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Volume 61 Issue 11 November 2011

The academic training that historians undergo qualifies them to speak out on issues beyond their remit, argues Tim Stanley.

The first performance of The Tempest on record was at court on All Hallows’ Day, on 1 November 1611.

The leading Victorian radical and Liberal politician John Bright was born on November 16th 1811.

Clovis I died in Paris on November 27th 511, aged 46.

The leading Victorian radical and Liberal politician John Bright was born on November 16th 1811.

Clovis I died in Paris on November 27th 511, aged 46.

Tim Grady on postwar Germany’s attempts to remember the contribution made by its Jewish combatants in the First World War.

Colin Jones and Emily Richardson reveal a little-known collection of obscene and irreverent 18th-century drawings targetting Madame de Pompadour, the favourite mistress of Louis XV of France.

Taylor Downing tells the story of the Central Interpretation Unit at Medmenham, Buckinghamshire, where the RAF’s aerial photo interpreters played a critical role in Britain’s wartime struggle.

A class confrontation at the Epsom Derby of 1920.

Anthony Fletcher pays tribute to the great historian of English protestantism, who ventured far and wide in the academic world.

Few figures in British political history have endured such lingering hostility as the statesman who did so much to forge Europe’s post-Napoleonic settlement, says John Bew.

Gated communities may be growing in number but they are nothing new, as Michael Nelson knows from personal experience.

Anne Sebba revisits Michael Bloch’s article, first published in History Today in 1979, on the historian Philip Guedalla’s enthusiastic but misguided support for his friend, Edward VIII.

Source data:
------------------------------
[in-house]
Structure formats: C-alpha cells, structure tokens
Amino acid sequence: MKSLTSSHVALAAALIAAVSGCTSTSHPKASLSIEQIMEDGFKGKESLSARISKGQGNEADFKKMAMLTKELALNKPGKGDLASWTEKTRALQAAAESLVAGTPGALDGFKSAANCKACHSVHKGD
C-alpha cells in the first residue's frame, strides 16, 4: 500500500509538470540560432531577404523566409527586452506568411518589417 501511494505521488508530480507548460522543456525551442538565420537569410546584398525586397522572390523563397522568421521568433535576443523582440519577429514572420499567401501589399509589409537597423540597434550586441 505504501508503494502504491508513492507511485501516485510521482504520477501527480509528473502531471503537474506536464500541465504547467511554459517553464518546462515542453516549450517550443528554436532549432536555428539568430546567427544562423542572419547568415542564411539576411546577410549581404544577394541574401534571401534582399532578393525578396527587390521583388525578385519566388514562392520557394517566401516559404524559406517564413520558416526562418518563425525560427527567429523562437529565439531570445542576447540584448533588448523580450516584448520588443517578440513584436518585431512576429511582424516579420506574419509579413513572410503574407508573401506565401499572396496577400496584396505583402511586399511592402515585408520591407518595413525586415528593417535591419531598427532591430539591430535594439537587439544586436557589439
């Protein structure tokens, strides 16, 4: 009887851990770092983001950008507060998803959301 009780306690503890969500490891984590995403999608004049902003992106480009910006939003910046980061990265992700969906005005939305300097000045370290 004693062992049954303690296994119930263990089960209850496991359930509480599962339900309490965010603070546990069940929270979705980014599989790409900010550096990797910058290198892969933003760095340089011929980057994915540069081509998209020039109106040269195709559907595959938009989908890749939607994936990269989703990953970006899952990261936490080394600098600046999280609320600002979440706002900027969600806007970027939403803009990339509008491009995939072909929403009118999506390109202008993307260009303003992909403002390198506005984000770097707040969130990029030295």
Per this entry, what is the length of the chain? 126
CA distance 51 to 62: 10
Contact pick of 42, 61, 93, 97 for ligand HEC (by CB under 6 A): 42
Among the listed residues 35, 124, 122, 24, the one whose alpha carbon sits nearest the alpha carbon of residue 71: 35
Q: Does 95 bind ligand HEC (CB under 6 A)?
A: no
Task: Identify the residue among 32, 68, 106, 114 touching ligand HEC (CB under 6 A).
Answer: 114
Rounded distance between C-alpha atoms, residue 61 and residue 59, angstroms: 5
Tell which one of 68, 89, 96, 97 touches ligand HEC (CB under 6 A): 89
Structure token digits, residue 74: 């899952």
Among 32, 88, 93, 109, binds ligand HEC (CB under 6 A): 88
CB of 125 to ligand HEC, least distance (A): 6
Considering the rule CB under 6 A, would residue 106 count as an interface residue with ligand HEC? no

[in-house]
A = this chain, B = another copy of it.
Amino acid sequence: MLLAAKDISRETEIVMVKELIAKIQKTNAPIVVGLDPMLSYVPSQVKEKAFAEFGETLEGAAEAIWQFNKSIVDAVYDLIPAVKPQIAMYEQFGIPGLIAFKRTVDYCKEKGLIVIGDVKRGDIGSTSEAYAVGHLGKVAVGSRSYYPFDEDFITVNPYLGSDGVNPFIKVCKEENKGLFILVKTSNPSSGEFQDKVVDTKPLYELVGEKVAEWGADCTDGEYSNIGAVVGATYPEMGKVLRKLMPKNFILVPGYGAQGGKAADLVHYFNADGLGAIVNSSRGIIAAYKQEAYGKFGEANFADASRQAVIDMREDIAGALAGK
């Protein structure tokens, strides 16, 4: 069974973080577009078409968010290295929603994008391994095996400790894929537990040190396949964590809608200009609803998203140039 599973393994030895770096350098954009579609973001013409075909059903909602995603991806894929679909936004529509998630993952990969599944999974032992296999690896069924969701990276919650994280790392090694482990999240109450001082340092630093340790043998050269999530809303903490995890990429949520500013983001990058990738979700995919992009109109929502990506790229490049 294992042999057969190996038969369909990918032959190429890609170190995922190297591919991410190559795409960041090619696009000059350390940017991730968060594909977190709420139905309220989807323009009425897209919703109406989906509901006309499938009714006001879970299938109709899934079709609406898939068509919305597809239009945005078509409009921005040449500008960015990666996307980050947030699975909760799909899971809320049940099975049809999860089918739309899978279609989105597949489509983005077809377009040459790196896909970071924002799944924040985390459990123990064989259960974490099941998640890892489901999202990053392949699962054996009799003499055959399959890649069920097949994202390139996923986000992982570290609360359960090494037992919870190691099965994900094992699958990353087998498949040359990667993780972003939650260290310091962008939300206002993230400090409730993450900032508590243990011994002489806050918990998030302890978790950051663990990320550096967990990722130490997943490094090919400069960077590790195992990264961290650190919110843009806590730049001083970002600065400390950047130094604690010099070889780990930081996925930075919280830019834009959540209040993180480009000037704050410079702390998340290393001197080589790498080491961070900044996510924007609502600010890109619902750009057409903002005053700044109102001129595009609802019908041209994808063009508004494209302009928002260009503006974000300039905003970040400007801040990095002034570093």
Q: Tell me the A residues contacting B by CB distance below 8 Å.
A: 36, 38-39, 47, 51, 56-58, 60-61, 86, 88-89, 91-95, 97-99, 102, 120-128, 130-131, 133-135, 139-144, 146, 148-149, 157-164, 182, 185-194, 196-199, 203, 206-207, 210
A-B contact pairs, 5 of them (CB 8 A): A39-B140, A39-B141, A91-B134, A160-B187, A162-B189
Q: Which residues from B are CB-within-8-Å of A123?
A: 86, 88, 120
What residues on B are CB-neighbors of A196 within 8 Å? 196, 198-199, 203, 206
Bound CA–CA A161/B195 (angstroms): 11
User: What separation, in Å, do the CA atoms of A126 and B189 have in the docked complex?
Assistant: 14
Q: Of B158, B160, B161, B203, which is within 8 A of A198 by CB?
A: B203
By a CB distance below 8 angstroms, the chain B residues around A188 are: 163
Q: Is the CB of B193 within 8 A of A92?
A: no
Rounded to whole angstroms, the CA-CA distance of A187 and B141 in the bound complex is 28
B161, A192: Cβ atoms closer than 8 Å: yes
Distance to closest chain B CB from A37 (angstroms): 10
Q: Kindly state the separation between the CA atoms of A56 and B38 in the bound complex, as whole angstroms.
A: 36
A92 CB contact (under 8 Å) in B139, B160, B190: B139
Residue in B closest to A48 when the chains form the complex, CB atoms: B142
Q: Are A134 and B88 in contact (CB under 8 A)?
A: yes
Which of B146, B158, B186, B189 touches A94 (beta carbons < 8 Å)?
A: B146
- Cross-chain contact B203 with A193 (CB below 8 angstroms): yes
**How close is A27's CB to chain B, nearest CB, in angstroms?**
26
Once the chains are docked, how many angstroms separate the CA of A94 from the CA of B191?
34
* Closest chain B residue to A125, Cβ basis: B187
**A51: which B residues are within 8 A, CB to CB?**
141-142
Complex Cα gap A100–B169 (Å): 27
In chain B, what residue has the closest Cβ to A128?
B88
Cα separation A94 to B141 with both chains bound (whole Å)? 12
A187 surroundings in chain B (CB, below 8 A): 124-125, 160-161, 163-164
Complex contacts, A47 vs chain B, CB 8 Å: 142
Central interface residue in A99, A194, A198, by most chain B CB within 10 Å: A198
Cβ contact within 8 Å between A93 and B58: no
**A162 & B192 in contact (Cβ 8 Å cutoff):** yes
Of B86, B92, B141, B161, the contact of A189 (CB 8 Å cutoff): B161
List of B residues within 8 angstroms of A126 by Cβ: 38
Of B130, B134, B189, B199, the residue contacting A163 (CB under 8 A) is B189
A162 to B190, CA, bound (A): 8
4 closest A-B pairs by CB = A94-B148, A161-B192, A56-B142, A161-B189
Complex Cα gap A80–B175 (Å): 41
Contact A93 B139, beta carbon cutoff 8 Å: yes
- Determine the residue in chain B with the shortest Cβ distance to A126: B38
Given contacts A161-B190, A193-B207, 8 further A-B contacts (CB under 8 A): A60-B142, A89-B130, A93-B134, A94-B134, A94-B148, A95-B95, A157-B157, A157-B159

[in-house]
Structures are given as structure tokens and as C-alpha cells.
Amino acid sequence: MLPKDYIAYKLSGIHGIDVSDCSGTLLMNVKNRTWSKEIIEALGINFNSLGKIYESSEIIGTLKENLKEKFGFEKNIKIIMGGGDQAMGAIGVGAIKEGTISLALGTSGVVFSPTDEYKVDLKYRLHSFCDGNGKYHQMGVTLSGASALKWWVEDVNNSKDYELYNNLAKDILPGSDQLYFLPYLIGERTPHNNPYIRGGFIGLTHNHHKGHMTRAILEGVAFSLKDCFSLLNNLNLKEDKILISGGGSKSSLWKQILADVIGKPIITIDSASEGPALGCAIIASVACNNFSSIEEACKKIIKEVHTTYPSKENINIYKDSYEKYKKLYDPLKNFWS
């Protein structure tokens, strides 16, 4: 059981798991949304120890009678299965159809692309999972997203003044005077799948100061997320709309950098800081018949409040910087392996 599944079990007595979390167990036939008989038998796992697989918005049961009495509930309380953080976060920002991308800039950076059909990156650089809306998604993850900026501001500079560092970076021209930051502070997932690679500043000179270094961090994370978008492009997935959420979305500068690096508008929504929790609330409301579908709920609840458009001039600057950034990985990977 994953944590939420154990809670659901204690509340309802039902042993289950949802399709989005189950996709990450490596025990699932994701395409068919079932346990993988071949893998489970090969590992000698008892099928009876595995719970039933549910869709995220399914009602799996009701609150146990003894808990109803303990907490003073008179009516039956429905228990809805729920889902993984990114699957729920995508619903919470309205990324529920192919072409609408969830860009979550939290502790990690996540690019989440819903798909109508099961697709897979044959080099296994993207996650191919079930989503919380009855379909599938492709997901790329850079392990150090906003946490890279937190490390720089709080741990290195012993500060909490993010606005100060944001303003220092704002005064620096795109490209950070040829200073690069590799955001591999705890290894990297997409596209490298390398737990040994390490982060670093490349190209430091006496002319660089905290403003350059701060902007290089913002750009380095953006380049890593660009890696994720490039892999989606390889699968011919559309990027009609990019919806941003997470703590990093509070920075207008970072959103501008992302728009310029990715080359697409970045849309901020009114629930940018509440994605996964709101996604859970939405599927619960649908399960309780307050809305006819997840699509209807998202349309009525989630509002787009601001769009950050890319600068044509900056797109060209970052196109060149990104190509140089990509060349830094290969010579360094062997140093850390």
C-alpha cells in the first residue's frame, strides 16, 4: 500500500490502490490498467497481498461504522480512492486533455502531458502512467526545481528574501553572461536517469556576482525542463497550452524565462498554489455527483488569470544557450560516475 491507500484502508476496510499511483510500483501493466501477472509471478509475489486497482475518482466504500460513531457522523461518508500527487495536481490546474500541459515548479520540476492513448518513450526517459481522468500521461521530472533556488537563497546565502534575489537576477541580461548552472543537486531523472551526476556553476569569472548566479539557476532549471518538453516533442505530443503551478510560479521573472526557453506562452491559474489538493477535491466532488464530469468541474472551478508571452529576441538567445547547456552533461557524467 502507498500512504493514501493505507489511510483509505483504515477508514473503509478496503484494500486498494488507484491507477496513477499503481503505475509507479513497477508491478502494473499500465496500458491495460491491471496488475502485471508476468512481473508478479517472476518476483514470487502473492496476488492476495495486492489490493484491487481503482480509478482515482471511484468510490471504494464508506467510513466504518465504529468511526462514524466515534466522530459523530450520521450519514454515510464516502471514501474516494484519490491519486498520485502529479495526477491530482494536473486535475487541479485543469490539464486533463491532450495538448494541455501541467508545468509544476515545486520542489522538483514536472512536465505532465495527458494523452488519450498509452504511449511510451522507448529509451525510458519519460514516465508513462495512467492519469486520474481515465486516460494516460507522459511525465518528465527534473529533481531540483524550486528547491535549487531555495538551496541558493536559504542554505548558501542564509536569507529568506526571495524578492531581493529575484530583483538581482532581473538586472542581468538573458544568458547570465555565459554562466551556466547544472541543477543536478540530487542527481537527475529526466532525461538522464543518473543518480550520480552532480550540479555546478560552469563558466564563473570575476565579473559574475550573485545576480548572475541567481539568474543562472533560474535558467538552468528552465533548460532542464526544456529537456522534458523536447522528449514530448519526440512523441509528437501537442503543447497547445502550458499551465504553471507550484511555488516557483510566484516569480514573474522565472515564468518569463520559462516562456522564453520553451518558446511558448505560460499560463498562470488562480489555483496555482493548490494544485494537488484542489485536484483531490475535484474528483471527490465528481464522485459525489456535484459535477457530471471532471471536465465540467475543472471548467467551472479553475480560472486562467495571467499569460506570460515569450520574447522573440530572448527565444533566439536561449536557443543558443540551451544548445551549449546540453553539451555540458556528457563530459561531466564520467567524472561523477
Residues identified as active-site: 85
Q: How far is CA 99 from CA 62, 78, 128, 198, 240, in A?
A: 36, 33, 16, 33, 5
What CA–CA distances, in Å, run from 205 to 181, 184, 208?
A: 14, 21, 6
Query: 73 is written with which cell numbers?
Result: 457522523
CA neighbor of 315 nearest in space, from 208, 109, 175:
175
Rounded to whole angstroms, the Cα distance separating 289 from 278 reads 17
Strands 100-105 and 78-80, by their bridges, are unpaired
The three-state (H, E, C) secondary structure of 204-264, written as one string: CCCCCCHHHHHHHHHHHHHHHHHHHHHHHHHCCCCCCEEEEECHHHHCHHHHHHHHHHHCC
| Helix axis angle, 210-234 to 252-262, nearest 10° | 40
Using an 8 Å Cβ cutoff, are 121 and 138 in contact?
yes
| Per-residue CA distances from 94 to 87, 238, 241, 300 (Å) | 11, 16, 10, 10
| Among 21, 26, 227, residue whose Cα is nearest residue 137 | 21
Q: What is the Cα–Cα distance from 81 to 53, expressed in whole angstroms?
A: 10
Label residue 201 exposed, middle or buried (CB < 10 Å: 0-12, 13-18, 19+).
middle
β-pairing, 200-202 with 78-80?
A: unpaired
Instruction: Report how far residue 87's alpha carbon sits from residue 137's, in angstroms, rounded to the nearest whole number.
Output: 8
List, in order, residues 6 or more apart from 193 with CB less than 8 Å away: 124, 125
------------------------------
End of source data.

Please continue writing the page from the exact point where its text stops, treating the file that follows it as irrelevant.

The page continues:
At its height, the British Empire was the largest the world has ever known. Its history is central to Britain’s history, yet, as Zoë Laidlaw shows, this imperial past is not an easy narrative to construct.

Michael Bentley looks at the father of British historiography who was an eloquent and controversial opponent of teleology.

To mark the 400th anniversary of his birth, UNESCO has declared Evliya Çelebi a ‘man of the year’. His Seyahatname, or Book of Travels, is one of the world’s great works of literature. Caroline Finkel celebrates a figure little known in the West.

A political exile, Richard Wagner found safety in Zurich, where he also discovered the love and philosophy that inspired his greatest works, as Paul Doolan explains.

In recent years British models have reappeared on the catwalk wearing real fur, though it is unlikely to ever regain the mass appeal it once had. Carol Dyhouse looks back to a time when female glamour was defined by a mink coat.

Inspired by the discovery of the frozen bodies of three soldiers of the First World War, Peter Englund considers the ways we remember and write about a conflict of which there are now no survivors left.